Quitting and avoiding tobacco smoke (second-hand) are among the ideal ways to reduce your risk of heart disease. If you already have this habit, it’s best to quit and do your heart and blood vessels a favor. Studies suggest that those diagnosed with coronary heart disease showed a reduced risk of recurrent heart attacks when they quit smoking.
No matter what other people say, it’s possible to quit. Millions have done it and discarded the habit completely after all. Cardiology centers and other experts in Mt. Pleasant share a few strategies to quit smoking:
Think About Your Motivations
Keep your goals and motivations in mind to quit smoking. This could include prolonging life to see your grandkids, avoiding another stroke, and being able to move around without leg pain. You could also make a list of reasons for quitting or identify your triggers, with a plan to handling each of them.
Ask for Support
Let family and friends know that you’re quitting and get their support. You can also tap into free resources from health websites and call their hotline, such as Smokefree.gov and 1–800–QUIT–NOW. They can give you smoking cessation advice and other ways to break the habit.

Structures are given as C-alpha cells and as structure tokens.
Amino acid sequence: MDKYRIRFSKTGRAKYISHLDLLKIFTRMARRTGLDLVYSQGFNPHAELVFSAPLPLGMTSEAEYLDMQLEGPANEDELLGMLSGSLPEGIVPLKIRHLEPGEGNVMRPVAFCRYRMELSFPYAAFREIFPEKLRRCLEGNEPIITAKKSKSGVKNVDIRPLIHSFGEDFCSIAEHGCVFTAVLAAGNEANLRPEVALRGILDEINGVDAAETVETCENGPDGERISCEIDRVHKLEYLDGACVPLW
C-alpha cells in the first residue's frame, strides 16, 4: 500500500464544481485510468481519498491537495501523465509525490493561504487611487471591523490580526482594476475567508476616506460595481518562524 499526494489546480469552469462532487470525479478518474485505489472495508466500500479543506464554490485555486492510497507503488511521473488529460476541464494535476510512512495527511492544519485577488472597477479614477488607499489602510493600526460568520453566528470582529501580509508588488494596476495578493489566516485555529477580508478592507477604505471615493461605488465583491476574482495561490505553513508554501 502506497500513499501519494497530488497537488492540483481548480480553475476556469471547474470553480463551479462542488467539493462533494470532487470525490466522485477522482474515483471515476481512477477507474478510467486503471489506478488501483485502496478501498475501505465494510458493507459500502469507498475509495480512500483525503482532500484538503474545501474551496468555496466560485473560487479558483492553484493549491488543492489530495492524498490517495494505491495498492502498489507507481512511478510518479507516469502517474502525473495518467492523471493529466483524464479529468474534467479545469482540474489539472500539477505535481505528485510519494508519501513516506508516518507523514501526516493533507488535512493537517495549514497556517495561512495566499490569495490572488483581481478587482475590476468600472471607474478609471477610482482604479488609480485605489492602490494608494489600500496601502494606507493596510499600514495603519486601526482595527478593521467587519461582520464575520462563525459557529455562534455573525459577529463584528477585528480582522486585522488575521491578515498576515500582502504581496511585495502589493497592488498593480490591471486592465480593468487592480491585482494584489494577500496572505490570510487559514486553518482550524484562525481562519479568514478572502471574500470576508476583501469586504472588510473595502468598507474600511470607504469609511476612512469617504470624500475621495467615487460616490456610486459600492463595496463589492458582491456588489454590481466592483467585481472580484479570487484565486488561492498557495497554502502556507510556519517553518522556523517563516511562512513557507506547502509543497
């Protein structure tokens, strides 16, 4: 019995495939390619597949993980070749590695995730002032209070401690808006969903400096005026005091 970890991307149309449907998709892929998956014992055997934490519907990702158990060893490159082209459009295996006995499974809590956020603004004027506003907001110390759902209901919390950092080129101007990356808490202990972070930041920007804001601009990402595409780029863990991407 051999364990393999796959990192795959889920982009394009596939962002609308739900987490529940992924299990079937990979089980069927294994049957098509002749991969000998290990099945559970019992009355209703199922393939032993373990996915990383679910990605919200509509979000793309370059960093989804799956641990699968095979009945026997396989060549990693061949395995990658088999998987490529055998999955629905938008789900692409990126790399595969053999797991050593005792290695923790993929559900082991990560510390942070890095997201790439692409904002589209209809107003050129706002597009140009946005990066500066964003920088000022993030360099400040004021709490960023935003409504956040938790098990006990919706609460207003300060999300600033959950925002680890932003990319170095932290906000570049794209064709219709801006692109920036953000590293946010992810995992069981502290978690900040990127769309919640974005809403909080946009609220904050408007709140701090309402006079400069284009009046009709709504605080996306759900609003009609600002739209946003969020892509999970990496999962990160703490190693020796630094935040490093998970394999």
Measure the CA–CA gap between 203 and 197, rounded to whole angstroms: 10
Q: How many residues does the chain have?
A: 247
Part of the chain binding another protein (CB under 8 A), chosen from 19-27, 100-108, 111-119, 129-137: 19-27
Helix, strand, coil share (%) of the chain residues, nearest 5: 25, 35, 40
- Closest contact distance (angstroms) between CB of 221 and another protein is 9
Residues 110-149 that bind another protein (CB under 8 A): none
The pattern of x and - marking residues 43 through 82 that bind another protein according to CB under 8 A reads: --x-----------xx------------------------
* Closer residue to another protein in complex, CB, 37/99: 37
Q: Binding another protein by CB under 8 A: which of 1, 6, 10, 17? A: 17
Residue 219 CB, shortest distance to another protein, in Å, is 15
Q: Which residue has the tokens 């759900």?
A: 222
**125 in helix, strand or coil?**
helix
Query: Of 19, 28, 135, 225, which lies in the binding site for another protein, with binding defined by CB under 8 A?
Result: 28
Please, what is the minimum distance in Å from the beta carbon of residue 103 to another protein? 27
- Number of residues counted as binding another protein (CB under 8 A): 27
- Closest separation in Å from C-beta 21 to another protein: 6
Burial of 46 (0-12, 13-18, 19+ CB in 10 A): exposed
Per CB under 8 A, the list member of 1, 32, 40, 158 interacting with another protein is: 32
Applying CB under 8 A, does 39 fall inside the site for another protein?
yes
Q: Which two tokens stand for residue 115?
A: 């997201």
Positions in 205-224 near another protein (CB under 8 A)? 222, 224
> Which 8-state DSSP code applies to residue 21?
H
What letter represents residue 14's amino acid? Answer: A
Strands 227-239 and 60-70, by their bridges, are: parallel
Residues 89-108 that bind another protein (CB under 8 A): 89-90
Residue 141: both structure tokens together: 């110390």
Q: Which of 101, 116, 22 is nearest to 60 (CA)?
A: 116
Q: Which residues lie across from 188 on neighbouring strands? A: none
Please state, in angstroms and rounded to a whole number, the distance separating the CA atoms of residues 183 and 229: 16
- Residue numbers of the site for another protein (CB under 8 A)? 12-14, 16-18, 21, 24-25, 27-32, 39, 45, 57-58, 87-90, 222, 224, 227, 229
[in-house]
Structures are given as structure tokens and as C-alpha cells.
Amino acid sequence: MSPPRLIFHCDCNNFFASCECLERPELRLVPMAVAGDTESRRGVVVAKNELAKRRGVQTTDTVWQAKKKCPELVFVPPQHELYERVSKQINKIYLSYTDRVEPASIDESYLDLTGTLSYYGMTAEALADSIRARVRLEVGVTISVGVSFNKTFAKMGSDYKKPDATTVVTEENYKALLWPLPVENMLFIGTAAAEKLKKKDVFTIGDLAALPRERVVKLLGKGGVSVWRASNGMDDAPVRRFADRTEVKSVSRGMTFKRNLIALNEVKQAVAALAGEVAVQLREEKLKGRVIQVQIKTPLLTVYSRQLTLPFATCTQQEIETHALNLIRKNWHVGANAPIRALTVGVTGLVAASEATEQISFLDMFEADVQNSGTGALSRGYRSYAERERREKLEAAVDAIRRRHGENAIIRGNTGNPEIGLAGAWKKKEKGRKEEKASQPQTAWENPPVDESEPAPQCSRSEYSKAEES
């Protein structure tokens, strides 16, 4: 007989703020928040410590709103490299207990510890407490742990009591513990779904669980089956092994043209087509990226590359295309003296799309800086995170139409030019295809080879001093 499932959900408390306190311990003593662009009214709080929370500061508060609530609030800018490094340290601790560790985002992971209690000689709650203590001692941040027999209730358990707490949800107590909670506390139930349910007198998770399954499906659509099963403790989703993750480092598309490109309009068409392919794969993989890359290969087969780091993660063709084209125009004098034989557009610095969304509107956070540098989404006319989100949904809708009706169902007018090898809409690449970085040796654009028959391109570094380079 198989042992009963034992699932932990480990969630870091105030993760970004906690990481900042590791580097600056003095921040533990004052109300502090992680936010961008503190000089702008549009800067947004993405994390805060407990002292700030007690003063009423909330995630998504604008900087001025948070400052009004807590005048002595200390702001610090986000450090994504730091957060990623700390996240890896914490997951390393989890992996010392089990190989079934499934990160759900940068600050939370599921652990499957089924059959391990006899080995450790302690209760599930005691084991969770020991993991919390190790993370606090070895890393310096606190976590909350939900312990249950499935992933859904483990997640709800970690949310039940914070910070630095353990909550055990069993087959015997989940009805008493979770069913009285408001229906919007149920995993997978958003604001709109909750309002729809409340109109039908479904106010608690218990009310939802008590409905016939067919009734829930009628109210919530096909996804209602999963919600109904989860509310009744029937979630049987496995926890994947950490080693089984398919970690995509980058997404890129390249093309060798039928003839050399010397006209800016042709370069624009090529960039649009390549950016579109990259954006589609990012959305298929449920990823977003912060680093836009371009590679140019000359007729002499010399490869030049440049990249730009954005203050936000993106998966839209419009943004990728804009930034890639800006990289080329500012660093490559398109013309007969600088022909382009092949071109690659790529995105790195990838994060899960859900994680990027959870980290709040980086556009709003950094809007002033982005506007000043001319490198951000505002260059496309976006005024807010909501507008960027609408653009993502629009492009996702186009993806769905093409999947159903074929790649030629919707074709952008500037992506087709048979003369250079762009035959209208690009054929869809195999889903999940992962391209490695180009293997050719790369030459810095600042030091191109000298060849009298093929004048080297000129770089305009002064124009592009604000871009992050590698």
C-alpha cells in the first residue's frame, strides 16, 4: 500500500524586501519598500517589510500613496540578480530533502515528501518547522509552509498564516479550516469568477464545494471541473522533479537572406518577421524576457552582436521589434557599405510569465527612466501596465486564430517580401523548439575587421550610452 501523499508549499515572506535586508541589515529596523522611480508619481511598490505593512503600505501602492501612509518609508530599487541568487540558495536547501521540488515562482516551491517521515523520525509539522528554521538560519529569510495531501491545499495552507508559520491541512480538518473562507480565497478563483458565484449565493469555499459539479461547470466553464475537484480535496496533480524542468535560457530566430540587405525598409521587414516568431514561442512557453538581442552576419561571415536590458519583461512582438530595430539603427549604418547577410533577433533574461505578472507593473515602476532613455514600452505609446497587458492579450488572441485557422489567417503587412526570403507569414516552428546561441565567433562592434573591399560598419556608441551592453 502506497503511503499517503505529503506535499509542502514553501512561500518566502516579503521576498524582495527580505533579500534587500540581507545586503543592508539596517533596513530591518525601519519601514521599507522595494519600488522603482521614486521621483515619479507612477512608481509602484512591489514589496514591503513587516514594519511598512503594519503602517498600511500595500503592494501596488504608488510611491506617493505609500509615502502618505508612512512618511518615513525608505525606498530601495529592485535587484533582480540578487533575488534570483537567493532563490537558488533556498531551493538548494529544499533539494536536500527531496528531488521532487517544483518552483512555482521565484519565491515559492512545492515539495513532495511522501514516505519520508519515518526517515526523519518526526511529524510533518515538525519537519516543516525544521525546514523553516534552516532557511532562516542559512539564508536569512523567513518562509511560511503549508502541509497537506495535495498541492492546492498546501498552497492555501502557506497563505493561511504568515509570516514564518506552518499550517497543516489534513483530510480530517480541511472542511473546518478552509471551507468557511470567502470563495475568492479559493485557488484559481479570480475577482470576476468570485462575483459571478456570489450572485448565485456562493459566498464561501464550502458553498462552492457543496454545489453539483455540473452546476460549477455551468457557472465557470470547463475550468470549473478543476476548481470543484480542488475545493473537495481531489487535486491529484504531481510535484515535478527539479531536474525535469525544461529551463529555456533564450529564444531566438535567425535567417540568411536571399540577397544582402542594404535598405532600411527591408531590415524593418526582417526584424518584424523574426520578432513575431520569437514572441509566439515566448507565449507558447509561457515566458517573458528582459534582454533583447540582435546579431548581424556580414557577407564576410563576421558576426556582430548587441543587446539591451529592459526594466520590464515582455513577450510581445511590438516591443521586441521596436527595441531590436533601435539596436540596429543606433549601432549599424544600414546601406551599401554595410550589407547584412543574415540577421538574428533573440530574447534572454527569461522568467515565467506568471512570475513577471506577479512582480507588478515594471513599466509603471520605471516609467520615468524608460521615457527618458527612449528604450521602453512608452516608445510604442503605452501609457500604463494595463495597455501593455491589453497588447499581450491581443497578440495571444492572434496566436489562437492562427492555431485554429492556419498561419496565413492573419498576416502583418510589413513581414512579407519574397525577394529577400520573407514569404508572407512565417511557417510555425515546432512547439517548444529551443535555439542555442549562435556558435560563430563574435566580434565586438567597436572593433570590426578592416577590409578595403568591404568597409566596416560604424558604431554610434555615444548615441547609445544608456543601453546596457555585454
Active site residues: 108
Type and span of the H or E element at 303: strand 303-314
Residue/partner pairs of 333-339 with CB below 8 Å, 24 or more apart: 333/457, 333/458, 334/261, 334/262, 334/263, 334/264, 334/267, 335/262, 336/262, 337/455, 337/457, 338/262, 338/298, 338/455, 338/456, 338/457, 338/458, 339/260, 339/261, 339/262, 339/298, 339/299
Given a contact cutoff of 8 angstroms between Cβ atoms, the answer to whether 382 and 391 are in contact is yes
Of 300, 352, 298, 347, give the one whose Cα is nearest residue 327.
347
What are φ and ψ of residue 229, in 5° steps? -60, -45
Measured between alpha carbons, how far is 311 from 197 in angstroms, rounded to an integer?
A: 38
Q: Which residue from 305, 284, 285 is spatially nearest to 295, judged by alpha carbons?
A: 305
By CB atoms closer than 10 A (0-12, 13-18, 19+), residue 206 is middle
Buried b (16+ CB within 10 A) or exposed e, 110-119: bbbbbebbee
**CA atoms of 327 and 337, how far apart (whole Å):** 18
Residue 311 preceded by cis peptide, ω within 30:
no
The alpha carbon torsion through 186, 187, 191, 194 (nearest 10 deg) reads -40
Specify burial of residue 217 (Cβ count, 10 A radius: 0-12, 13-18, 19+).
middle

Choose a Quit Date
Instead of quitting cold turkey, it’s advisable to pick a special date like a birthday or sometime next month. This will help you change gradually and prepare your mind in quitting. You can still decide to quit smoking cold turkey if you think that this method will work for you.
Consider Aids and Medicine
Consult your doctor for medicines and other products that can help you quit. These may include nicotine patches, gum, and lozenges. These products are proven helpful for many smokers. Your physician may also prescribe other medication to help you along the way.
Learn New Habits
Sometimes, stressful moments may tempt to reach for a cigarette. This is why it’s best to find other ways to get relief, like relaxation and breathing exercises. You can also take a walk around the neighborhood or take up a new hobby that can keep your hands working.
These are only some of the ways to kick the habit and save your heart. Note the withdrawal symptoms and relapse are common, but they should not discourage you. You can learn from a slip and get ready to commit again.